Speech by Foreign Minister Steinmeier at the opening of the 21st Jewish Film Festival Berlin & Potsdam in the Hans Otto Theatre Potsdam
Ladies and gentlemen,
“I hate reality, but it’s still the best place to get a good steak.”
This is a quote attributed to Woody Allen.
And Woody Allen would be in exactly the right place for his healthy appetite here at the Jewish Film Festival. Ms Galliner, you chose “Jews and Food” as the motto of this year’s festival.
The some 35 films that will be screened in Berlin and Potsdam in the coming days have far more to offer than juicy steaks!
I have heard that a New York hot dog dynasty will play a large role and that Jerusalem’s culinary delights will be presented by the Israeli chef Yotam Ottolenghi.
I don’t think it would be an exaggeration to say that we can expect a real feast for the eyes!
At the same time, your festival also has a clear political focus this year. The opening film will look at the darkest chapters of Germany’s past. The docudrama “The Eichmann Show” tells the story of an American film team that travels to Jerusalem to tell the world about the trial against Nazi criminal Adolf Eichmann.
The film thus shines a light on the other two topics of this year’s festival, namely the end of the Second World War 70 years ago and the 50th anniversary of the start of diplomatic relations between Germany and Israel.
The fact that both anniversaries occur this year shows us how extraordinary and how wonderful it is that we can celebrate the close friendship between Germany and Israel in the coming weeks. And the fact that we can do so – 70 years after the end of the National Socialists’ vile rule of terror and after the crime against humanity that was the Shoah – seems like a real miracle to many of us, Ambassador Hadas-Handelsman.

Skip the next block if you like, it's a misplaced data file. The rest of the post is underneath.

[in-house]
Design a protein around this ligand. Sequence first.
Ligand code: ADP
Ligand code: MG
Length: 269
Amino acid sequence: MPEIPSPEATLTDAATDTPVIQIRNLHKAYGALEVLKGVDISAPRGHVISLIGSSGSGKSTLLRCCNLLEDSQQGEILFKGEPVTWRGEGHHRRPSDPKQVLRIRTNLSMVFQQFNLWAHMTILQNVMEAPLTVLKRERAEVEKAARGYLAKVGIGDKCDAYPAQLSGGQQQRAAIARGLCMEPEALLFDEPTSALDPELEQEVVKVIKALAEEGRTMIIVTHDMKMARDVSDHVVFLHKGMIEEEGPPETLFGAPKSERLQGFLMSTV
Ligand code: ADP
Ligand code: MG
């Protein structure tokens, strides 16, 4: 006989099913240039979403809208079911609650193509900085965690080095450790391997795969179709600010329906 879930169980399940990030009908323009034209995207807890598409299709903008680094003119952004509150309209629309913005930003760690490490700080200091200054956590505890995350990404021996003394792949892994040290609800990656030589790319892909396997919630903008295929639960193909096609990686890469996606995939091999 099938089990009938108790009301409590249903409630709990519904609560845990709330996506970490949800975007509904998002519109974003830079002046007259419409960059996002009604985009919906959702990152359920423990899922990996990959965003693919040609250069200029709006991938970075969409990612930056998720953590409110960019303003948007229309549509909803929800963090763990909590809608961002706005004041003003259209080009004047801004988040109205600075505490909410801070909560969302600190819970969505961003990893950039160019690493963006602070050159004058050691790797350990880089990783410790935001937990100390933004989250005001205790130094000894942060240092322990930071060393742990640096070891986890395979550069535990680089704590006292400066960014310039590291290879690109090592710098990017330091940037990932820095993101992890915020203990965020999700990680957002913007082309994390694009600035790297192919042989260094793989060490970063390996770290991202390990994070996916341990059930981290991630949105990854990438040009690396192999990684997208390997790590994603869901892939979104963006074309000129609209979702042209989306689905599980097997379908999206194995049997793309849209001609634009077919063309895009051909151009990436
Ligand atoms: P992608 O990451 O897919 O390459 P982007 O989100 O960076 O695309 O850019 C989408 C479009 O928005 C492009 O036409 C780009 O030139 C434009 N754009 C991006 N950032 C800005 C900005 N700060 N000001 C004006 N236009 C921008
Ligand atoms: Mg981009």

This miracle was possible because Germany admitted its guilt and because the country of the victims reached out its hand to the country of the perpetrators.
Israel and Germany do not only enjoy close political ties today. Every year, thousands of young people take part in exchange programmes; artists swap studios; and creative thinkers from both countries – like many of you here with us now – work on joint films and projects.
The Jewish Film Festival is an important part of this lively exchange. But with the films you show, Ms Galliner, you also inspire something else. You make people here in Germany curious about Judaism’s many facets, about its traditions and rites. And in this way, you are sending a wonderful message during this anniversary year – the message that Jewish life is thriving – also here in Germany!
Ladies and gentlemen, this fills me with profound gratitude and joy.
Rabbis are now being ordained here in Germany again. There are Jewish newspapers. Just a few weeks ago, hundreds of young people celebrated and sang together at the Jewrovision Festival. And the large number of excellent Jewish and Israeli restaurants in Berlin alone certainly makes one thing clear.
Woody Allen would not have to look long for a good steak there!